So the retired architectural designer decided to publish it himself. He joined more than 100 aspiring authors at the library in Darien, Conn., on a recent Thursday night for a demo of the technology ready to fulfill their literary ambitions: the Espresso Book Machine.
About five feet high and eight feet wide, it turns a manuscript into a warm paperback, bound and trimmed, in under five minutes. Selling a big machine to print books may seem quixotic when millions of readers are migrating to Kindles and iPads. On Demand Books, the company behind the Espresso, is betting on authors like Alexander -- and on the emotional connection readers and writers have with paper pages that bend and tear and make a sound when you turn them.
Alexander (a nom de plume—his real last name is Fazzino) shrinks at the thought of publishing his novel strictly in digital form. "It's too …" He searches for the word. "It's too ephemeral," he says. "I like holding a book in my hand."
While e-books get all the attention, the publishing business is going through a further shift: Digital printing means books can be manufactured in tiny batches, instead of the runs of 5,000 copies or more required to make traditional offset printing cost-effective. A handful of "pay-to-publish" digital presses such as Lulu and AuthorHouse are letting writers pump out new works like never before. In 2010, authors published 133,000 titles on their own, up from 51,000 four years earlier, according to Bowker, the company that assigns books unique identifiers known as ISBNs.
The Espresso links a database of digital book files to a Xerox machine that prints pages, a photo printer to make the cover, and a system that collates, binds, and trims the whole package. In addition to self-published books, it can print public domain works from Google Books and titles that publishers like HarperCollins and Simon & Schuster have agreed to license.
Jason Epstein, On Demand's chairman, published authors like Norman Mailer and Vladimir Nabokov and co-founded the "New York Review of Books" during a half-century publishing career, mostly at Random House. He and Dane Neller, former chief executive of gourmet emporium Dean & Deluca, founded the company in 2003, licensing the technology from an inventor and installing the first Espresso three years later. They've got 90 machines installed or on the way around the world, Neller says.
Both Neller and Xerox, which has distributed Espressos since 2010, decline to say how much they cost, though customers estimate the price at over $100,000. Neller says On Demand's revenue is in the millions. Xerox works with customers to lease the machines at an affordable rate, says Steve Simpson, Xerox's vice president of new business ventures. (The company is an investor, along with Ingram -- a large book distributor -- and Pete Peterson, co-founder of the private equity firm Blackstone Group.)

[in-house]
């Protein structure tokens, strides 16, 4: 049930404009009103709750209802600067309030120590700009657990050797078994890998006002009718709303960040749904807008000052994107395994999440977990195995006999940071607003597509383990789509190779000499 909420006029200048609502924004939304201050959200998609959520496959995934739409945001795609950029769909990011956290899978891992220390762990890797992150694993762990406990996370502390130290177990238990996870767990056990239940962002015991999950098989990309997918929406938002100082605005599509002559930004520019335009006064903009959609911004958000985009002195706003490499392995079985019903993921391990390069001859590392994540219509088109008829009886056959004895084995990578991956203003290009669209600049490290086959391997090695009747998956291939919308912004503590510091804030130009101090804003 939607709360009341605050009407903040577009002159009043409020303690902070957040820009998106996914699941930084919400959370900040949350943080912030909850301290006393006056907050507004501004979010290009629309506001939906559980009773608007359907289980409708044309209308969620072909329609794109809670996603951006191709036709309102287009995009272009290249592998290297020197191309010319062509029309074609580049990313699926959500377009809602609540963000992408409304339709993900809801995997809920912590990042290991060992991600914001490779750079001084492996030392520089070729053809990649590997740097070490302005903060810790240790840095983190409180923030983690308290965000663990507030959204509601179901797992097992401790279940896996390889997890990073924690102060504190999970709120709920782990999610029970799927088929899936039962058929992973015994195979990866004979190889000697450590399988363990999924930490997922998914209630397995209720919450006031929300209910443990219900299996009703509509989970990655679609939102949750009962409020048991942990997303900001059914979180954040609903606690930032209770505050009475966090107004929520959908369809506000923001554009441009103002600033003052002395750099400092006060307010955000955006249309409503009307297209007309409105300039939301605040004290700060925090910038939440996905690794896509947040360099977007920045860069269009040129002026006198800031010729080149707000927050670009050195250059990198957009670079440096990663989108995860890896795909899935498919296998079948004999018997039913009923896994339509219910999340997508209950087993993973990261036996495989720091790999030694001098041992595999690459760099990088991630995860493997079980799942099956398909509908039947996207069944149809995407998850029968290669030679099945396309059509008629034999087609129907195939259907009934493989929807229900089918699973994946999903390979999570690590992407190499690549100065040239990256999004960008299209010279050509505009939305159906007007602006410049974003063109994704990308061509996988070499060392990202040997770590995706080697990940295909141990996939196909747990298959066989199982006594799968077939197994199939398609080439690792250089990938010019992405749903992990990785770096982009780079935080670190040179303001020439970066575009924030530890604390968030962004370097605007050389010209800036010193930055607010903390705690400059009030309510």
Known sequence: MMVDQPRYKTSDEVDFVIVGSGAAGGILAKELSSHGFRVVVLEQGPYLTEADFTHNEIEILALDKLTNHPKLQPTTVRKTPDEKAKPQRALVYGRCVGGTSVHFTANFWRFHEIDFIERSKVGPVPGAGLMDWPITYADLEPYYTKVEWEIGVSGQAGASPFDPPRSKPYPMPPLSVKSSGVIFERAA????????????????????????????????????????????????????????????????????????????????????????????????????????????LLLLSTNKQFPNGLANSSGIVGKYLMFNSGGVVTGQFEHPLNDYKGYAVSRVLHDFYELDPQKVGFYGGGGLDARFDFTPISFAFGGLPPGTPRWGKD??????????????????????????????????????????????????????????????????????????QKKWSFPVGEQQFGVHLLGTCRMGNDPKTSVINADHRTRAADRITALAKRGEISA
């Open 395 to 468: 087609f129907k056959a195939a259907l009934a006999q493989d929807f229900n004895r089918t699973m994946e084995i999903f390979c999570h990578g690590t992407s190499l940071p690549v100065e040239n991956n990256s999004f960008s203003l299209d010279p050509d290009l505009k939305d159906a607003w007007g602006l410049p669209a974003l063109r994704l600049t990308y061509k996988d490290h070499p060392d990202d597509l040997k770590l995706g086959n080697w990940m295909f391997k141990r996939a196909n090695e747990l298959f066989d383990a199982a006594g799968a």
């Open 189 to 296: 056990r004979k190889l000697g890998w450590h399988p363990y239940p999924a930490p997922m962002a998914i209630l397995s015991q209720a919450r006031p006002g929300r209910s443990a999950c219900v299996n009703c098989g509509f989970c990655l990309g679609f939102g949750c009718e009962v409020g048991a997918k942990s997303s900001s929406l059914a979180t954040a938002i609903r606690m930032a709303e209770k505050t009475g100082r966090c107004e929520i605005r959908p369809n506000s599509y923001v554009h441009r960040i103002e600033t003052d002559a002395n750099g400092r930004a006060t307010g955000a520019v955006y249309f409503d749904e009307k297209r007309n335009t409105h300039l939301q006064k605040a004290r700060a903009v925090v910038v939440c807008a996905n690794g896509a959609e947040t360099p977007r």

The challenge for On Demand is that "the technology is still not quite there, as far as its size and its reliability," says Kelly Gallagher, vice president of publisher services for Bowker. "It's like where we first started with computers, before we quite got to a personal computer." To broaden its reach, the 16-employee company has started operating some machines directly, including the one in Darien. New Espressos are on the way to Powell's Books in Portland, Ore., and the Brooklyn Public Library in New York.
At Harvard Bookstore in Cambridge, Mass., the Espresso patters along constantly, printing about 1,500 books a month. Roughly two-thirds of those are self-published, says owner Jeff Mayersohn. ("Everybody in Cambridge has a manuscript," quips Epstein.)
The machine, which the staff has named Paige M. Gutenborg, isn't quite a moneymaker for the store yet. "It obviously has to advance, the price has to come down, and the speed has to go up," says Mayersohn, a former tech executive. But the promise of limitless inventory is part of why he bought the shop in 2008, and he thinks it will help booksellers thrive.
The store charges authors a $70 set-up fee and $10 per copy for a 200-page book, with discounts for volume. Customers often print books of home recipes, family diaries, or academic theses. One title, a memoir about growing up under Mussolini, became a store bestseller.
For writers whom Epstein would have been unlikely to publish at Random House, his machine is liberating. Alexander says he's done querying publishers. He plans to print 200 copies of his novel, "Expectant Journey," in Darien to sell on his own. "If a publisher reads it and likes it," he says, "then they will pick it up."
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